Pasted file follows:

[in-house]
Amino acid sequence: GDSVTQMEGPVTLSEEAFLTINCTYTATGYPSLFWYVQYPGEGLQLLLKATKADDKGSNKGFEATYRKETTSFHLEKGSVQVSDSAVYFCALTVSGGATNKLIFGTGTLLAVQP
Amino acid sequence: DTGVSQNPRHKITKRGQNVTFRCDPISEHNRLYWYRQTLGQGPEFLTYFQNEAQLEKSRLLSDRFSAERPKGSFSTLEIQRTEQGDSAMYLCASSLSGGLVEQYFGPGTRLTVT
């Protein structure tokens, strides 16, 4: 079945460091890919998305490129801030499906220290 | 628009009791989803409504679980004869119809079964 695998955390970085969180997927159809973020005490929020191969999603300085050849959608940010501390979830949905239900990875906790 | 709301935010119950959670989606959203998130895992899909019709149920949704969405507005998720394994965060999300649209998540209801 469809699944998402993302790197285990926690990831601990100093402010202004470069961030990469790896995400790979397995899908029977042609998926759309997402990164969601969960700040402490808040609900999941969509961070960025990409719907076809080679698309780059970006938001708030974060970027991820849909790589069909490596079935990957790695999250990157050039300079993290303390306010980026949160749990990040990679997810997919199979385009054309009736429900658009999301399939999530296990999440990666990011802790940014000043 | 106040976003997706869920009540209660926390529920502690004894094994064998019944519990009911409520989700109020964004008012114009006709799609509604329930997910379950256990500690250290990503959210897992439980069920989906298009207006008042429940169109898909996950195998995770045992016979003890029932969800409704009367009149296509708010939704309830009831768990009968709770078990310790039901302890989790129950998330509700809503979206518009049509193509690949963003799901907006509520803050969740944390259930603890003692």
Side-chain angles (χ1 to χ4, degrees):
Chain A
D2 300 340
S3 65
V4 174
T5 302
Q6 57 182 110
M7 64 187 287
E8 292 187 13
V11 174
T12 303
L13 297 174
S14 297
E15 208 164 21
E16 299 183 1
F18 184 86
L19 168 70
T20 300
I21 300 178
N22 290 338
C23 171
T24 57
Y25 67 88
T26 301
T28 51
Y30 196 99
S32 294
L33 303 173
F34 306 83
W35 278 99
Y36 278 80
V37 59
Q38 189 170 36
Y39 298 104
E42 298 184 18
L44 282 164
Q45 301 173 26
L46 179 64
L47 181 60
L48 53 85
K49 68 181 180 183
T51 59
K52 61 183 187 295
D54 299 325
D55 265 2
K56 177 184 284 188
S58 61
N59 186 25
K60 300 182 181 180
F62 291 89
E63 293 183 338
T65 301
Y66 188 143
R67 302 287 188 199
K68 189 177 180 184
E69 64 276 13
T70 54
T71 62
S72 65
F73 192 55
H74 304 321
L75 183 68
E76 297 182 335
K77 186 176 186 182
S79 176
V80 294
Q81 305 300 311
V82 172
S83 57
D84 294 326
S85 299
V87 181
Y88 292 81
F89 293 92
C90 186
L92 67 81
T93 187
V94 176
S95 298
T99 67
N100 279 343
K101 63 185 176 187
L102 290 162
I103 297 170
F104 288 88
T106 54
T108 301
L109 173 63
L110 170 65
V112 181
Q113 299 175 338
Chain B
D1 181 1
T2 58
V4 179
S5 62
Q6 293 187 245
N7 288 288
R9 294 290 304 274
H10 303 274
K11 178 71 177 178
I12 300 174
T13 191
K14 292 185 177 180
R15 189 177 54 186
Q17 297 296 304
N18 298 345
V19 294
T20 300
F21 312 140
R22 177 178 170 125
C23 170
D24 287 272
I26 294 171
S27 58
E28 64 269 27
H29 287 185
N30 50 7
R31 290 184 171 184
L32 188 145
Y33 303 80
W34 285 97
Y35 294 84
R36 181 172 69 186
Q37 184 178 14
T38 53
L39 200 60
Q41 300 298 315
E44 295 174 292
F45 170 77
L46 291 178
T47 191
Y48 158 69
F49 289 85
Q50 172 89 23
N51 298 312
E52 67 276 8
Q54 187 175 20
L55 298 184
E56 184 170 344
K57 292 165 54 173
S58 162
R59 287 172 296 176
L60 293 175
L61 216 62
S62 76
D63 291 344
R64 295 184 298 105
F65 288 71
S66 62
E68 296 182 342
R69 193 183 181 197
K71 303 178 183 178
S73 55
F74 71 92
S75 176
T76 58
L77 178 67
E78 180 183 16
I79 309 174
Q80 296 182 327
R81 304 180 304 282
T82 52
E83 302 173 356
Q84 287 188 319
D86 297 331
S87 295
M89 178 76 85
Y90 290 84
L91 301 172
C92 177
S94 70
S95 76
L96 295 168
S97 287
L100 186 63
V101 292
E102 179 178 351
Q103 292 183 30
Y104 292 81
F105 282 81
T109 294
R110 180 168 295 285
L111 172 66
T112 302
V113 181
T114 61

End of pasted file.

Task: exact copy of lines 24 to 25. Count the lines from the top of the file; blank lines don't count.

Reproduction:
N22 290 338
C23 171